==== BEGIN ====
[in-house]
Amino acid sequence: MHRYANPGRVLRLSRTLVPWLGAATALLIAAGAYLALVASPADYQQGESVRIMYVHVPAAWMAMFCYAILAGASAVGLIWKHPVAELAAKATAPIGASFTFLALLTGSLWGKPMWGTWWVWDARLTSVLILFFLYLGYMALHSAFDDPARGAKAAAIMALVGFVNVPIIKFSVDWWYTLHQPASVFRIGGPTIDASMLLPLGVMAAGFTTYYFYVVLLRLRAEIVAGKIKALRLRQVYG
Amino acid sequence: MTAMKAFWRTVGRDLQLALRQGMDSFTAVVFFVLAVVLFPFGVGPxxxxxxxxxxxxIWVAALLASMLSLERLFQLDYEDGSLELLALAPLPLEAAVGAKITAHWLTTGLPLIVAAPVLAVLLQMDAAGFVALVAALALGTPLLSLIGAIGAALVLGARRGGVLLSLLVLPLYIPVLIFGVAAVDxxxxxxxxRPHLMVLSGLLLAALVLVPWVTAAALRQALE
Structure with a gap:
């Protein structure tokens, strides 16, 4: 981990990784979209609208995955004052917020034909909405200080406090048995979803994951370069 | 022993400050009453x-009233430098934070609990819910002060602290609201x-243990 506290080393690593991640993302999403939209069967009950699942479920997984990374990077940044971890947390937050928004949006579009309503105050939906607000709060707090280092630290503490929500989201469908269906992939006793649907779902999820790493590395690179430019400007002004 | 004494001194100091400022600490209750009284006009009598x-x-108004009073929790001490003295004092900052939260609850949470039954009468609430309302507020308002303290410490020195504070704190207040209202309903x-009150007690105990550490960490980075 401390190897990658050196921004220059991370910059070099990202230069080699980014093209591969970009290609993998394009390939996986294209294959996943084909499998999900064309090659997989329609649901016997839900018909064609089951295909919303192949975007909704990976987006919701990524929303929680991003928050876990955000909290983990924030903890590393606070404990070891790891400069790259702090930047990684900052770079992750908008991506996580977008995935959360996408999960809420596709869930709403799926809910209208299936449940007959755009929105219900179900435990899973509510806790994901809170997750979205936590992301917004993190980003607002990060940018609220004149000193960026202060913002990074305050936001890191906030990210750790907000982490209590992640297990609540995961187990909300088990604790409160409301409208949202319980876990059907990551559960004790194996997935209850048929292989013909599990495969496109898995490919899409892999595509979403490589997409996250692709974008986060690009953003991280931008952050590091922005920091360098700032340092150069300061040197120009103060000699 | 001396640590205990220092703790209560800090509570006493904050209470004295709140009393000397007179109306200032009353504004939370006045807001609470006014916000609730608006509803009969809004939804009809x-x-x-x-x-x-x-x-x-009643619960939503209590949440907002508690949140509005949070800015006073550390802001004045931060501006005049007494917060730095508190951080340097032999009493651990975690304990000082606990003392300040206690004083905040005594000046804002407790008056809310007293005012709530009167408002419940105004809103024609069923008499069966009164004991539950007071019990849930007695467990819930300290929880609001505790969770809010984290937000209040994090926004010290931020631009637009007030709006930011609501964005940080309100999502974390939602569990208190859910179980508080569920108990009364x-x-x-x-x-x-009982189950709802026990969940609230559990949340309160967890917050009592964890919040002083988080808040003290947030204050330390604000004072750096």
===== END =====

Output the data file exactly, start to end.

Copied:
[in-house]
Amino acid sequence: MHRYANPGRVLRLSRTLVPWLGAATALLIAAGAYLALVASPADYQQGESVRIMYVHVPAAWMAMFCYAILAGASAVGLIWKHPVAELAAKATAPIGASFTFLALLTGSLWGKPMWGTWWVWDARLTSVLILFFLYLGYMALHSAFDDPARGAKAAAIMALVGFVNVPIIKFSVDWWYTLHQPASVFRIGGPTIDASMLLPLGVMAAGFTTYYFYVVLLRLRAEIVAGKIKALRLRQVYG
Amino acid sequence: MTAMKAFWRTVGRDLQLALRQGMDSFTAVVFFVLAVVLFPFGVGPxxxxxxxxxxxxIWVAALLASMLSLERLFQLDYEDGSLELLALAPLPLEAAVGAKITAHWLTTGLPLIVAAPVLAVLLQMDAAGFVALVAALALGTPLLSLIGAIGAALVLGARRGGVLLSLLVLPLYIPVLIFGVAAVDxxxxxxxxRPHLMVLSGLLLAALVLVPWVTAAALRQALE
Structure with a gap:
């Protein structure tokens, strides 16, 4: 981990990784979209609208995955004052917020034909909405200080406090048995979803994951370069 | 022993400050009453x-009233430098934070609990819910002060602290609201x-243990 506290080393690593991640993302999403939209069967009950699942479920997984990374990077940044971890947390937050928004949006579009309503105050939906607000709060707090280092630290503490929500989201469908269906992939006793649907779902999820790493590395690179430019400007002004 | 004494001194100091400022600490209750009284006009009598x-x-108004009073929790001490003295004092900052939260609850949470039954009468609430309302507020308002303290410490020195504070704190207040209202309903x-009150007690105990550490960490980075 401390190897990658050196921004220059991370910059070099990202230069080699980014093209591969970009290609993998394009390939996986294209294959996943084909499998999900064309090659997989329609649901016997839900018909064609089951295909919303192949975007909704990976987006919701990524929303929680991003928050876990955000909290983990924030903890590393606070404990070891790891400069790259702090930047990684900052770079992750908008991506996580977008995935959360996408999960809420596709869930709403799926809910209208299936449940007959755009929105219900179900435990899973509510806790994901809170997750979205936590992301917004993190980003607002990060940018609220004149000193960026202060913002990074305050936001890191906030990210750790907000982490209590992640297990609540995961187990909300088990604790409160409301409208949202319980876990059907990551559960004790194996997935209850048929292989013909599990495969496109898995490919899409892999595509979403490589997409996250692709974008986060690009953003991280931008952050590091922005920091360098700032340092150069300061040197120009103060000699 | 001396640590205990220092703790209560800090509570006493904050209470004295709140009393000397007179109306200032009353504004939370006045807001609470006014916000609730608006509803009969809004939804009809x-x-x-x-x-x-x-x-x-009643619960939503209590949440907002508690949140509005949070800015006073550390802001004045931060501006005049007494917060730095508190951080340097032999009493651990975690304990000082606990003392300040206690004083905040005594000046804002407790008056809310007293005012709530009167408002419940105004809103024609069923008499069966009164004991539950007071019990849930007695467990819930300290929880609001505790969770809010984290937000209040994090926004010290931020631009637009007030709006930011609501964005940080309100999502974390939602569990208190859910179980508080569920108990009364x-x-x-x-x-x-009982189950709802026990969940609230559990949340309160967890917050009592964890919040002083988080808040003290947030204050330390604000004072750096």